In any case, looking at these scatter plots there’s nothing that immediately suggests and differential patterns of responding as a function of age but there is a hint that responses are lower in the property sampling condition (blue) than in the category sampling condition (red).

3.5 Bar graphs

The humble bar graph is a staple in the scientific literature, and can be rendered by ggplot2 with the assistance of the geom_bar() function. Suppose I want to check that the gender distribution for this study was relatively even across conditions.11 To do that, I’ll set up my mapping with gender on the x-axis (using ggplot to initialise the plot and aes to specify the aesthetics), create separate panels for each condition (using facet_wrap which I’ll explain in more detail below), and then use geom_bar() to draw the plot:

frames_small %>%
  ggplot(aes(x = gender)) +  # set up the mapping
  facet_wrap(~condition) +   # split it into plots
  geom_bar()                 # add the bars!

As one would expect for random assignment there’s a little unevenness but not very much. That looks totally fine to me, and at this point I’ve convinced myself that the age and gender variables really don’t matter very much, so I can start digging into the details about how the manipulated variables of theoretical interest (sample_size, condition and test_loc) relate to the inductive generalisation response judgment that people make…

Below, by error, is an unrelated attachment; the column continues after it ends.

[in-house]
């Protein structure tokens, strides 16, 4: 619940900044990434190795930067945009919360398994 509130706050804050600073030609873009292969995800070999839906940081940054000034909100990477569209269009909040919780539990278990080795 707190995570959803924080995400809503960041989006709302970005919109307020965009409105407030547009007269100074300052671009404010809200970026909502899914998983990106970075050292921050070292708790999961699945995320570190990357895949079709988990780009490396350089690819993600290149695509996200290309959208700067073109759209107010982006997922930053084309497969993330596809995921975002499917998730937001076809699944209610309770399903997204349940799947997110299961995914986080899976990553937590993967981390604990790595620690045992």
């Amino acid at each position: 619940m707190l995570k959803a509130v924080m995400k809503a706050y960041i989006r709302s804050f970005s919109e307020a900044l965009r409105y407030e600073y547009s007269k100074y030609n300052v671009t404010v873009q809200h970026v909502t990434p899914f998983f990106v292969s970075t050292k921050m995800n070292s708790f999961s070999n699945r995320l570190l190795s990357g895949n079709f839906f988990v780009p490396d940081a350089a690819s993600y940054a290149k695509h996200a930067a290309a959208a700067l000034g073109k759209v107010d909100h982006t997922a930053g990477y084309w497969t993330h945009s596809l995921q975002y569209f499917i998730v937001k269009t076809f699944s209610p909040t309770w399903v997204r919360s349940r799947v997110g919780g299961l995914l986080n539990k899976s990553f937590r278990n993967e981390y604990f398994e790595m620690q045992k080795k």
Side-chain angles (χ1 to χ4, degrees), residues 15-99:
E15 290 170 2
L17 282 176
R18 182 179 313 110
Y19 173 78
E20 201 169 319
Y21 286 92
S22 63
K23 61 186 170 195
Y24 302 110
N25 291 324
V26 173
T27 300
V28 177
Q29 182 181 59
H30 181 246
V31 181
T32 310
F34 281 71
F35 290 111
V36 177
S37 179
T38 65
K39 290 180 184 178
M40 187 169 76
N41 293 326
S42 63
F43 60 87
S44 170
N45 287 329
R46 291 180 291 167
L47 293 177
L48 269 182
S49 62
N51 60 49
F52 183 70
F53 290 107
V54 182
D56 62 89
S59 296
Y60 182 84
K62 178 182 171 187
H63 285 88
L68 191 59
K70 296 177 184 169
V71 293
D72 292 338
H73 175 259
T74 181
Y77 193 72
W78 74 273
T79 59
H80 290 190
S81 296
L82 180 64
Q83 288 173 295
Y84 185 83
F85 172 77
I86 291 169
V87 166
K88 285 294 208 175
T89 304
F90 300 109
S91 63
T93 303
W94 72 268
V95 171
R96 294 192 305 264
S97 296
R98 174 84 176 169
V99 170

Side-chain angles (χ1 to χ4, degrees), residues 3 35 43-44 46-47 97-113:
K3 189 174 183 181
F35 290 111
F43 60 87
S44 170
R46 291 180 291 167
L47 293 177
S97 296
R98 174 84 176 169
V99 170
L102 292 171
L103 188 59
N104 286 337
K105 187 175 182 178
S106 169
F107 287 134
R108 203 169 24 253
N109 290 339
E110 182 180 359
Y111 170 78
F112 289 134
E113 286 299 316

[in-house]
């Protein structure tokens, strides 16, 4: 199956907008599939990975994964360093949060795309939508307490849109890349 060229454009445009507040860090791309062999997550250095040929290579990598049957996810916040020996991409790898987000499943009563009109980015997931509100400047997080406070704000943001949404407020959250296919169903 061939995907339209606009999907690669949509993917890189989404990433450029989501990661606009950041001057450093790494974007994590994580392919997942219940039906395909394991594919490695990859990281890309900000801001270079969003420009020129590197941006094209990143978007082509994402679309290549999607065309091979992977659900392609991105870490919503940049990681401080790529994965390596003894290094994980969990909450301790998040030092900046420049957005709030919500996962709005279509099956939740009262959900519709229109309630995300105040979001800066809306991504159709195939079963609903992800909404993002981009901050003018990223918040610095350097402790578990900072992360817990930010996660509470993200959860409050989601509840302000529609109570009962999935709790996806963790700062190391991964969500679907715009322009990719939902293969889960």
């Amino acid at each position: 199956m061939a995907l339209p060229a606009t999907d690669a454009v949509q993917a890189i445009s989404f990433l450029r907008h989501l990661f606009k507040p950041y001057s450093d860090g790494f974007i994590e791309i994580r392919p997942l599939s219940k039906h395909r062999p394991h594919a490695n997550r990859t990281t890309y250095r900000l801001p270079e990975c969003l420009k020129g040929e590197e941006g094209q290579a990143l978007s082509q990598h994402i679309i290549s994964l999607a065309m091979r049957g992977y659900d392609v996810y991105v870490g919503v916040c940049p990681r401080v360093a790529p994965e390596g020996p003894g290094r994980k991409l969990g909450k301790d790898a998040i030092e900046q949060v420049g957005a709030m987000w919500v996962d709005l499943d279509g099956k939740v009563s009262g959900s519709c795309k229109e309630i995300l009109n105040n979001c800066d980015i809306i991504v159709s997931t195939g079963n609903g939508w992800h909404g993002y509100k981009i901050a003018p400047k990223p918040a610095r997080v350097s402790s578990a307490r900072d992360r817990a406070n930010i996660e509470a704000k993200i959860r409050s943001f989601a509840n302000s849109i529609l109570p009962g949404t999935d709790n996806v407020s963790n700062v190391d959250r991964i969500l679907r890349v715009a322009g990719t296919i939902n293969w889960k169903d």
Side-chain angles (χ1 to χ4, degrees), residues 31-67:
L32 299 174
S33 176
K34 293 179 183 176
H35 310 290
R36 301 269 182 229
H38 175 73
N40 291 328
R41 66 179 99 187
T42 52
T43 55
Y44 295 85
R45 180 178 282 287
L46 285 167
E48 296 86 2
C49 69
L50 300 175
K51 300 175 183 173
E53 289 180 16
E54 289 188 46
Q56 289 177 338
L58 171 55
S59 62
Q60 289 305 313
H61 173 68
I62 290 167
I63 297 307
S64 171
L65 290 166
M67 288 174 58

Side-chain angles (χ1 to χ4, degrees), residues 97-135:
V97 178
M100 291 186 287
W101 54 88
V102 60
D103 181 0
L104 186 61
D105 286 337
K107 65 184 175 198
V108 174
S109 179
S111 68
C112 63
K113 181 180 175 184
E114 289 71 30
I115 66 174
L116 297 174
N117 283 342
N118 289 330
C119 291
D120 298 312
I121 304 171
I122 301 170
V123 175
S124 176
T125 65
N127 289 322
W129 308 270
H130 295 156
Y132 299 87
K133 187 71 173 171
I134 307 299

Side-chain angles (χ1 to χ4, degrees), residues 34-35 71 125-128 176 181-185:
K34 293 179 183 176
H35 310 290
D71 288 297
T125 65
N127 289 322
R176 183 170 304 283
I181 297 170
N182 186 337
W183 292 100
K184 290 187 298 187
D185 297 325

3.6 Box plots

Another classic data visualisation used in psychology is the box plot (due to John Tukey), which presents a schematic representation of the distribution of responses. Box plots can be drawn in many different forms, but the most conventional version the median value (50th percentile) as a thick horizontal line, contained within a box that spans the range from 25th percentile to the 75th percentile. Above and below the box are the “whiskers” which extend to cover the full range of the data (after excluding outliers). Outliers are plotted as individual dots. Note that in this context an outlier is conventionally defined as a point that lies more than 1.5 times the interquartile range from the median: this is often a convenient heuristic to use but it’s not magical. Don’t read too much into the fact that a data set includes outliers!